by

Some Complaints of Campus Anti-Semitism Are Called Attempts at Censorship

Some recent complaints of anti-Semitic incidents on American college campuses do not involve actual discrimination but instead represent attempts “to silence anti-Israel discourse and speakers,” argues a statement issued today by Cary Nelson, president of the American Association of University Professors, and Kenneth Stern, the American Jewish Committee’s point person on anti-Semitism and extremism. The statement, which cites recent complaints of anti-Semitism at Rutgers University and the University of California’s Berkeley and Santa Cruz campuses, says it is “dangerous” to characterize anti-Israel remarks as ethnic discrimination, in violation of federal civil-rights laws. Doing so, it says, changes the campus debate “from one of exposing bigotry to one of protecting free speech, and the last thing pro-Israel advocates need is a reputation for censoring, rather than refuting, their opponents.” The organizations and students who have brought the complaints have argued that the behavior they cite clearly crossed a line and created a hostile environment for Jewish students.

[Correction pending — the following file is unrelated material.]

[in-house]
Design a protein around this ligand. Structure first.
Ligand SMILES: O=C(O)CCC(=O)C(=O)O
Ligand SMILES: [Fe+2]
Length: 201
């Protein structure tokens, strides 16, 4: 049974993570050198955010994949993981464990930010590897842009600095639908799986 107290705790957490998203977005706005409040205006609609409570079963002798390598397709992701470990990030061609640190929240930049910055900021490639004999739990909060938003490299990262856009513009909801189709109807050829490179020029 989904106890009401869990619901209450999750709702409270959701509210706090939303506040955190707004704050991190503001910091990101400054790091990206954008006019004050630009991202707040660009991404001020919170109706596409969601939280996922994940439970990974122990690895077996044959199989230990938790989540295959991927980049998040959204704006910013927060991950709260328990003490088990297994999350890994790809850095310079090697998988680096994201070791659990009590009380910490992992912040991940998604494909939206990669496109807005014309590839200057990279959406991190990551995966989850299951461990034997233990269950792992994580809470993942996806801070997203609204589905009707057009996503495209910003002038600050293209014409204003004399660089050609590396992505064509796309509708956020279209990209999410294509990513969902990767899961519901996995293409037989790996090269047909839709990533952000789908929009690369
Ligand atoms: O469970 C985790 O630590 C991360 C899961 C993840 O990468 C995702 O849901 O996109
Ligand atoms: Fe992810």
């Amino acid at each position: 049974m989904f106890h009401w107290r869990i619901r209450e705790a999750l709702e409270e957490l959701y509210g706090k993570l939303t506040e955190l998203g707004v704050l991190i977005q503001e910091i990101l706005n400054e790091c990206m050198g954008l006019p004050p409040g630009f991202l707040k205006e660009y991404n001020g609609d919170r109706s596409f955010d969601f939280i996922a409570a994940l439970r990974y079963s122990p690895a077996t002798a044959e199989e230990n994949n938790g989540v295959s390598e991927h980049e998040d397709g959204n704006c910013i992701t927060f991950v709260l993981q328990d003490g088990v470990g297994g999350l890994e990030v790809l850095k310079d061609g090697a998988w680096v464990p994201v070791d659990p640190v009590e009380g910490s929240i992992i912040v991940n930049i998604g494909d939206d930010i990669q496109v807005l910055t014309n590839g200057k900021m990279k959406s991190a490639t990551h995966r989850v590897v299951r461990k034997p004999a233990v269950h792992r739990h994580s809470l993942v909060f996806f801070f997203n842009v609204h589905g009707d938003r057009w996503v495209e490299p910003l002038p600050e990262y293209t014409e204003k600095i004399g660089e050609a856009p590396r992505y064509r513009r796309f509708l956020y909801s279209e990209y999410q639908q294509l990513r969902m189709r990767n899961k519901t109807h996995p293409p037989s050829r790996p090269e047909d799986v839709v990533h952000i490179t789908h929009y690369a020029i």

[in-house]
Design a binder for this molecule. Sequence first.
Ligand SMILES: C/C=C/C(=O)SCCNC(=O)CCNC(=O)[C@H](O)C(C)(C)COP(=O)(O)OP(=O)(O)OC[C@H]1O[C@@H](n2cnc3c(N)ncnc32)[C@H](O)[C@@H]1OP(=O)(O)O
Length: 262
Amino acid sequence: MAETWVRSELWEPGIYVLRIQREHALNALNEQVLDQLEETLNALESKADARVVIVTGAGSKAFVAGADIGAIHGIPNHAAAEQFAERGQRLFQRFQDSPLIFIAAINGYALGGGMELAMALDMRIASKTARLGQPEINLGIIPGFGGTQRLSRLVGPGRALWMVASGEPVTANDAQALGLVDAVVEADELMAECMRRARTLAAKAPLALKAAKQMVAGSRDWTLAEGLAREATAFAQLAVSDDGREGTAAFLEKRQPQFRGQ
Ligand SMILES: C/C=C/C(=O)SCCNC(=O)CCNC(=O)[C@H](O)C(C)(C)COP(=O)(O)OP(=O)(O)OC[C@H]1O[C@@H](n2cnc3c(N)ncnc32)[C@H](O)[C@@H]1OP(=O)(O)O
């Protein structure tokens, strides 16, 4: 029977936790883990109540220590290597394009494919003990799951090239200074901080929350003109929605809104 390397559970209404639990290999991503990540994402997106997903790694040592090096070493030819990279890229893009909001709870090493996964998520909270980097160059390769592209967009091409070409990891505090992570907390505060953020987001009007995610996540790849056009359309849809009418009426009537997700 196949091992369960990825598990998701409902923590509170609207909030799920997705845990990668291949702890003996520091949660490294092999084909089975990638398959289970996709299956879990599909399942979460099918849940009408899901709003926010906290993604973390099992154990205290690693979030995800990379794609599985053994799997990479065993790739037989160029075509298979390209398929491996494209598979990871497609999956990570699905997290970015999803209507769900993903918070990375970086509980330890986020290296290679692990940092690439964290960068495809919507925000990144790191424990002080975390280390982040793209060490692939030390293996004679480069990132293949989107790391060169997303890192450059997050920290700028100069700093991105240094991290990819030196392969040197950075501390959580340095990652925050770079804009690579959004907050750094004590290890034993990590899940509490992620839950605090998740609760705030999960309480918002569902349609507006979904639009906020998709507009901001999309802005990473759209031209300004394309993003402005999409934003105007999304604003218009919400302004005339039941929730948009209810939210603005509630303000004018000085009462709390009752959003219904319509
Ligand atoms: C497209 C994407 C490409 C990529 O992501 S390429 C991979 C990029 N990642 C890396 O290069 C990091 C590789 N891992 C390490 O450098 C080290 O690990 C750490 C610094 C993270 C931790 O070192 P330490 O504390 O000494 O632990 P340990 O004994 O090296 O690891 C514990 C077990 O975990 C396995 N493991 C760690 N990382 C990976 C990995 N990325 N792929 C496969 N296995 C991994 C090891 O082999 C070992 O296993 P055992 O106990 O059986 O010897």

Return to Top